Siya, an 18-year-old from New Jersey, said almost every girl she knows has faced sexual harassment. “That’s been normal for me,” she said.

“When you walk alone as a child, you automatically find yourself in this vulnerable situation,” Siya said. “I think that’s very sad. I don’t know what it feels like not to have that fear.”

Makena, a high school senior in Mississippi, said she and her friends sometimes wear baggy clothes to hide their shapes, but guys “comment, no matter what.”

She has had depression and therapy, and said she grew up in a community where mental health is still stigmatized.

“Often in the black community we are not as encouraged to express emotions” because of what previous generations endured, said Makena, who works with an adolescent health advocacy group. “We are expected to have hearts of steel,” she said. “But sometimes it’s okay to not be okay.”

Social media platforms contribute, with their focus on superficial appearances and making perfectionism seem attainable. The girls say they’re just part of the problem.

“Social media has completely changed the way we think and feel about ourselves” for better and worse, Makena said.

You’ve felt the pressure to be perfect when comparing yourself to other people online. But she also follows social media influencers who are outspoken about their own mental health issues and who make it seem like “it’s okay for me to feel sad and vulnerable,” she said.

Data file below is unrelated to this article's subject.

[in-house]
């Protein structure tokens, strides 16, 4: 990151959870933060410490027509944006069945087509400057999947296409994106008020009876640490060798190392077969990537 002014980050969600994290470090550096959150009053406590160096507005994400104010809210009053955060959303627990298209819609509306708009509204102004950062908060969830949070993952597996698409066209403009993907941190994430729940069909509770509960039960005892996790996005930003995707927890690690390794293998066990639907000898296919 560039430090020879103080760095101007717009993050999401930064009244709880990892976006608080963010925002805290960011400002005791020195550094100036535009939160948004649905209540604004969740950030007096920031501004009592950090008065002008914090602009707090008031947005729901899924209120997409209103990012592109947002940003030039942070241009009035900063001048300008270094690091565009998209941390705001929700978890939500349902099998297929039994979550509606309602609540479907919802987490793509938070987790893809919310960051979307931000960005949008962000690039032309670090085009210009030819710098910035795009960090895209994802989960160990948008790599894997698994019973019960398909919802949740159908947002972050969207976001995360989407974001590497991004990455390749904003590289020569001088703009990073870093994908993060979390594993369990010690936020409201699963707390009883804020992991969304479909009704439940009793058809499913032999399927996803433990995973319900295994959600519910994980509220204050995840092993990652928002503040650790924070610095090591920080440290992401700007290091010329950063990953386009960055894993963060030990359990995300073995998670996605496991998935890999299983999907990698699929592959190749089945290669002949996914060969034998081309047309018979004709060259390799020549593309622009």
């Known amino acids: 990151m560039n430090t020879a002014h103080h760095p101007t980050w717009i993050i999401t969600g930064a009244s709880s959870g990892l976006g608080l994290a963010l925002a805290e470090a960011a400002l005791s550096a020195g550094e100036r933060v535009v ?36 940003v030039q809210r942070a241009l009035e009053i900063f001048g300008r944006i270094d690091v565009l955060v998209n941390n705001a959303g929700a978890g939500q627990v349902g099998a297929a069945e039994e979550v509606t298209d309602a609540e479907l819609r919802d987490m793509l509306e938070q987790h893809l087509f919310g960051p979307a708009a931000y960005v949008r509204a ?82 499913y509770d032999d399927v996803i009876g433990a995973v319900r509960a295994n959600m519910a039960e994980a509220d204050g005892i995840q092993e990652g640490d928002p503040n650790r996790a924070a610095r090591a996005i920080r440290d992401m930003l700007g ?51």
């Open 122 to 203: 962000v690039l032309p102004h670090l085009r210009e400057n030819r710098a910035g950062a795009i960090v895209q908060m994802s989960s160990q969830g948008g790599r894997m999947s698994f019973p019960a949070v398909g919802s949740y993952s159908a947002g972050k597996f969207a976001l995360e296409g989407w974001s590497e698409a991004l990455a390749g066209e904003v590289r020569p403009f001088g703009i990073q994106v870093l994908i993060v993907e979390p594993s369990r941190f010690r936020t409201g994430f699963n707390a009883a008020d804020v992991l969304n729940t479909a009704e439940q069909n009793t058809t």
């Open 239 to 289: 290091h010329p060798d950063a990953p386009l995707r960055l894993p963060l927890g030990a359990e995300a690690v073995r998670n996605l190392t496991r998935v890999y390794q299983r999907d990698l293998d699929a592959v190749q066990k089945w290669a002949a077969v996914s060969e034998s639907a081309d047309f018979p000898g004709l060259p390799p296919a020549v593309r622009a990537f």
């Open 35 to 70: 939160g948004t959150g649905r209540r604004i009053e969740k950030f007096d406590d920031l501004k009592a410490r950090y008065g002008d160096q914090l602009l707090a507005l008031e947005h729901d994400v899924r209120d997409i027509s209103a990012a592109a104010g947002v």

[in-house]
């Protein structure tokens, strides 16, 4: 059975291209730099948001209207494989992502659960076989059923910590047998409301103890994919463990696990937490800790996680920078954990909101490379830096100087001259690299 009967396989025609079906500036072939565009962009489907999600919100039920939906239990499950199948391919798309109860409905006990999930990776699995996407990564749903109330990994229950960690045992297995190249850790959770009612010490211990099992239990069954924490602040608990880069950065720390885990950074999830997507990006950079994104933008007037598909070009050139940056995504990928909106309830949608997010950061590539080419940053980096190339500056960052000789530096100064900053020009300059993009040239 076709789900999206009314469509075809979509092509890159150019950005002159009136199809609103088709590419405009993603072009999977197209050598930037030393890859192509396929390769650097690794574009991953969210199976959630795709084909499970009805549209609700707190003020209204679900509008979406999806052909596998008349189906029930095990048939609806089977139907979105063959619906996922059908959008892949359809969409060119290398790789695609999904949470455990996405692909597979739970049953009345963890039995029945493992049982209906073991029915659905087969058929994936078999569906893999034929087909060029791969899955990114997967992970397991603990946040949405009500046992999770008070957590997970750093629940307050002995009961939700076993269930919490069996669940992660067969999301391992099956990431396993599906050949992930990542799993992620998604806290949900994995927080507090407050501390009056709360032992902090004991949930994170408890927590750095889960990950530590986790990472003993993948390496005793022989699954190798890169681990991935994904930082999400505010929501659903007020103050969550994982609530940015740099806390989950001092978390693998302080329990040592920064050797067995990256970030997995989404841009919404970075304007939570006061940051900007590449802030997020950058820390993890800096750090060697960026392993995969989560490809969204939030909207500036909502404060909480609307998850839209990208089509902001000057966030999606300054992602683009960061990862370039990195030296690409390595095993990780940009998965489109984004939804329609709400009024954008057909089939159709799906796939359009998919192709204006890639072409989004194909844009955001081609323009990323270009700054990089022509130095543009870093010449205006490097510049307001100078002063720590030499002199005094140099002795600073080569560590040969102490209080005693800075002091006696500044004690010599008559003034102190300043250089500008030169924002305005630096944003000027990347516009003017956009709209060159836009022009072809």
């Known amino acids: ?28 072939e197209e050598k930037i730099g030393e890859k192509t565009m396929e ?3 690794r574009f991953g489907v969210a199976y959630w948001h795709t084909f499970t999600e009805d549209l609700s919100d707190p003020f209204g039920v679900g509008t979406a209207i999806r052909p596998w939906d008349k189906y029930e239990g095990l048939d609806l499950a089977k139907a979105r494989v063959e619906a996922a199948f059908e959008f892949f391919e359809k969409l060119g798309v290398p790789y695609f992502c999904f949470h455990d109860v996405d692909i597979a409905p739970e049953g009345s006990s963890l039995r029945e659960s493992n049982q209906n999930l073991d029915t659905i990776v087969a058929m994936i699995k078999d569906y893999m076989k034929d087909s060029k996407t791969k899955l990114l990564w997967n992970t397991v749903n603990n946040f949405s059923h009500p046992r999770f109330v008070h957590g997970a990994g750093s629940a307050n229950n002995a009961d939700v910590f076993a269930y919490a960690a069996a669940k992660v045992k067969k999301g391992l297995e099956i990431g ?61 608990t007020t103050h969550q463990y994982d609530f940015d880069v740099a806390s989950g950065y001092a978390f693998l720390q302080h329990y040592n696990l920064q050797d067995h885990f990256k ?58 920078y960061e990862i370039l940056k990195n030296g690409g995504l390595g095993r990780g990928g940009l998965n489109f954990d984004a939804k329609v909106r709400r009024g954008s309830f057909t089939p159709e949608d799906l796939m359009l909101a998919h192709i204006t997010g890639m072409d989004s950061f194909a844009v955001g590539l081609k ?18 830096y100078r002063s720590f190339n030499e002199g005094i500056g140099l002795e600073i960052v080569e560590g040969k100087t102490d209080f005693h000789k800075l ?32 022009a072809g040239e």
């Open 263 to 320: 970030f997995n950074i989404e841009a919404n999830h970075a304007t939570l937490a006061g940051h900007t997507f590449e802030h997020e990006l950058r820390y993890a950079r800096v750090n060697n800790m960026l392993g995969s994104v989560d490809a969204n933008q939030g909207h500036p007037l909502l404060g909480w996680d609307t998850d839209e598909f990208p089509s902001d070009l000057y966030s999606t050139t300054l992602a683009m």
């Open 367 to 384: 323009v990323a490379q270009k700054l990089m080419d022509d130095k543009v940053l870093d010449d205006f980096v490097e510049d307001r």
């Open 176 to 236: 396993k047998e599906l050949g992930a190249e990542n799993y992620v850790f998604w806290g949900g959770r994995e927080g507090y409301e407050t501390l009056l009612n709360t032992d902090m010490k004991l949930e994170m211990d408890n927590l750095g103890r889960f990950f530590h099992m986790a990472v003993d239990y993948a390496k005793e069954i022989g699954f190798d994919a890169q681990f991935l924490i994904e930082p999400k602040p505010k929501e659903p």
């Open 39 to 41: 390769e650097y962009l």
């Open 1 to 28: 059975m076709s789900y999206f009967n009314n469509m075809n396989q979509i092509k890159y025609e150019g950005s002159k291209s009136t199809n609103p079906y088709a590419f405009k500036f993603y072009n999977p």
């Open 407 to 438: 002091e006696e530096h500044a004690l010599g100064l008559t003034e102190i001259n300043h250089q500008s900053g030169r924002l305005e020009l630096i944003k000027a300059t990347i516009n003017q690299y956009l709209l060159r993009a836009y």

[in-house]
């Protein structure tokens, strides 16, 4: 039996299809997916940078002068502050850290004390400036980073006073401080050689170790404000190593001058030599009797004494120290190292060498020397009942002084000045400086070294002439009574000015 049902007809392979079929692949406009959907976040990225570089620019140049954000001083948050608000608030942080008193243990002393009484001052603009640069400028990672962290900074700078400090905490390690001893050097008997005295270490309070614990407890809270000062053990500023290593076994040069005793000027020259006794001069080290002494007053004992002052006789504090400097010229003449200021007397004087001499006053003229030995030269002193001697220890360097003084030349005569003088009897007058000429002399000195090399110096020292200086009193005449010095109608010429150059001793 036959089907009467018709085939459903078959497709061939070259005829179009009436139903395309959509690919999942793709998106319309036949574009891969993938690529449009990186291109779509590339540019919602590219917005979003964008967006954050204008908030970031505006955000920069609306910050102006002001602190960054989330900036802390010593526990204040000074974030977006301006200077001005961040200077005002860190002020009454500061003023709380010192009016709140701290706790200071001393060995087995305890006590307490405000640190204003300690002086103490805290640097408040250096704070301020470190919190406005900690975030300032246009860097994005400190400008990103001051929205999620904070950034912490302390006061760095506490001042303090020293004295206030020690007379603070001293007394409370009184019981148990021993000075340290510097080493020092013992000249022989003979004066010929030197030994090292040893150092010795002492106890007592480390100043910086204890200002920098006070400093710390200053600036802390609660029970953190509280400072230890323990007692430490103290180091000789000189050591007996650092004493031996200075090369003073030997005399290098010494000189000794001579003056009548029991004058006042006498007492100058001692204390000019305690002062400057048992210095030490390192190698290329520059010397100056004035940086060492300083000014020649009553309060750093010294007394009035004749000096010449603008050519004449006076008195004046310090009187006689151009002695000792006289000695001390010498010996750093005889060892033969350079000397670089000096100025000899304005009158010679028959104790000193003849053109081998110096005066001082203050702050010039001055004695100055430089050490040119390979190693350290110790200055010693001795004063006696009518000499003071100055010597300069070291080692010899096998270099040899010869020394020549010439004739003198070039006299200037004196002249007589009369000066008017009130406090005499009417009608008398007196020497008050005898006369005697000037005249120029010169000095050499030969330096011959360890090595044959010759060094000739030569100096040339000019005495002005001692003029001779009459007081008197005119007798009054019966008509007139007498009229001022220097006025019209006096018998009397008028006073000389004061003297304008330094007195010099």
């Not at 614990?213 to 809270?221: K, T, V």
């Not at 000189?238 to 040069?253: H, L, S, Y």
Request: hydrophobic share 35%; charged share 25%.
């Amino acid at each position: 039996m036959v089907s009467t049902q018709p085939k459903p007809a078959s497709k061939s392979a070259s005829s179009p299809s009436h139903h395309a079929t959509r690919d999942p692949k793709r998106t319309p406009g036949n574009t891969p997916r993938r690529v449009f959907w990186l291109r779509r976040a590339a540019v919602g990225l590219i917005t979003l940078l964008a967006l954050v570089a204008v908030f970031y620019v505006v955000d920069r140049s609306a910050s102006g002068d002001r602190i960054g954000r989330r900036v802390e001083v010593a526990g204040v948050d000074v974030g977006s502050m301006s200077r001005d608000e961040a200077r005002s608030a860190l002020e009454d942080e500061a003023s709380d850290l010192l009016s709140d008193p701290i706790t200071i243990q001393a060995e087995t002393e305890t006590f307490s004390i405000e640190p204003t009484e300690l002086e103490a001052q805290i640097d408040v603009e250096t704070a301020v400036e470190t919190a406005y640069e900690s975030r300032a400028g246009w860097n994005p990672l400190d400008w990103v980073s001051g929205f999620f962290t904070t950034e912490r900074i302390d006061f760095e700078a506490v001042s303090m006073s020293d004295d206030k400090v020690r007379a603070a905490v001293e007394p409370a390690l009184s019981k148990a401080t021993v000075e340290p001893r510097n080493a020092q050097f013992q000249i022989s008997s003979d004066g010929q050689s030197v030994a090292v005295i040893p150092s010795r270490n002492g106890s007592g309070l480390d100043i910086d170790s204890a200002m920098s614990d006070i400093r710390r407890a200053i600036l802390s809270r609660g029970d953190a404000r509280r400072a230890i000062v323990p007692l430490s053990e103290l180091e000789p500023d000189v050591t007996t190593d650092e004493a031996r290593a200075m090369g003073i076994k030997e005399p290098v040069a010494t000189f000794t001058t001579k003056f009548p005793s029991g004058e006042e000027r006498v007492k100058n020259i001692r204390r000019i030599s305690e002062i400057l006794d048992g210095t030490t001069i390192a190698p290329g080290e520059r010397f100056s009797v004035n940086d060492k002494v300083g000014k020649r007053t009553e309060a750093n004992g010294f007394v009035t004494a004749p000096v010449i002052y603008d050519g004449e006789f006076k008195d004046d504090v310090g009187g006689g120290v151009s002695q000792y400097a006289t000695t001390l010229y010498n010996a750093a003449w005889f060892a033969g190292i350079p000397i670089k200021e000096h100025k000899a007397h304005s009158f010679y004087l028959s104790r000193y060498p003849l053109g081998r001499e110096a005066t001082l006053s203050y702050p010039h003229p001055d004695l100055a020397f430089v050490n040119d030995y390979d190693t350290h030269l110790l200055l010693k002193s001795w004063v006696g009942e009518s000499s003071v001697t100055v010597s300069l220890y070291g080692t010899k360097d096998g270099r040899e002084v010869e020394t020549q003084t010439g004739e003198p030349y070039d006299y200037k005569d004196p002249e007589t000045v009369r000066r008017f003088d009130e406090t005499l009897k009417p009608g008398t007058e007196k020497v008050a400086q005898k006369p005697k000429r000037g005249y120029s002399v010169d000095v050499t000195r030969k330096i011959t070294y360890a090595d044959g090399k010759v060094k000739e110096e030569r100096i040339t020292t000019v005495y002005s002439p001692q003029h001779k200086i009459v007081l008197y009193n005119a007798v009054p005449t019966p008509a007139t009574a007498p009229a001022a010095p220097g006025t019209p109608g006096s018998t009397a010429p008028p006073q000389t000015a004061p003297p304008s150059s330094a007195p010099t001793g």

Historically, girls have been disproportionately affected by depression and anxiety. But those statistics reflect, at least in part, the fact that girls are often more likely than boys to talk about feelings and emotions, said Dr. Hina Talib, a specialist in adolescent medicine and a spokeswoman for the American Academy of Pediatrics. .

Zoey, the 15-year-old from Mississippi, says boys have to maintain a “macho facade” and are less likely to admit their heartbreak.

“I feel like they might feel that way, we just don’t see it,” he said.

A study published in March in The Journal of the American Medical Association found that in 2019, before the pandemic, about 60% of children hospitalized for mental health problems were girls. A decade earlier, the difference was only slight.

The COVID-19 lockdowns added another dimension, boosting academic and social life online, Talib said. Some children entered the pandemic when they were young and emerged with more mature bodies, socially awkward, not knowing how to handle friendships and relationships. They live in a world beset by school shootings, a rapidly changing climate, social and political unrest, and restrictions on reproductive care and transgender rights.

The CDC report released in February included teens consulted in the fall of 2021, when COVID-19 cases and deaths in the US were still high. Other data and anecdotal reports suggest that many teens continue to struggle.

“The pandemic as a percentage of their lives is huge,” Talib said.

Expecting children to escape unscathed may be unrealistic.

“It’s going to change a generation,” he said.


Follow AP Medical Writer Lindsey Tanner at @LindseyTanner.


The Associated Press Department of Health and Science receives support from the Howard Hughes Medical Institute Science and Educational Media Group. The AP is solely responsible for all content.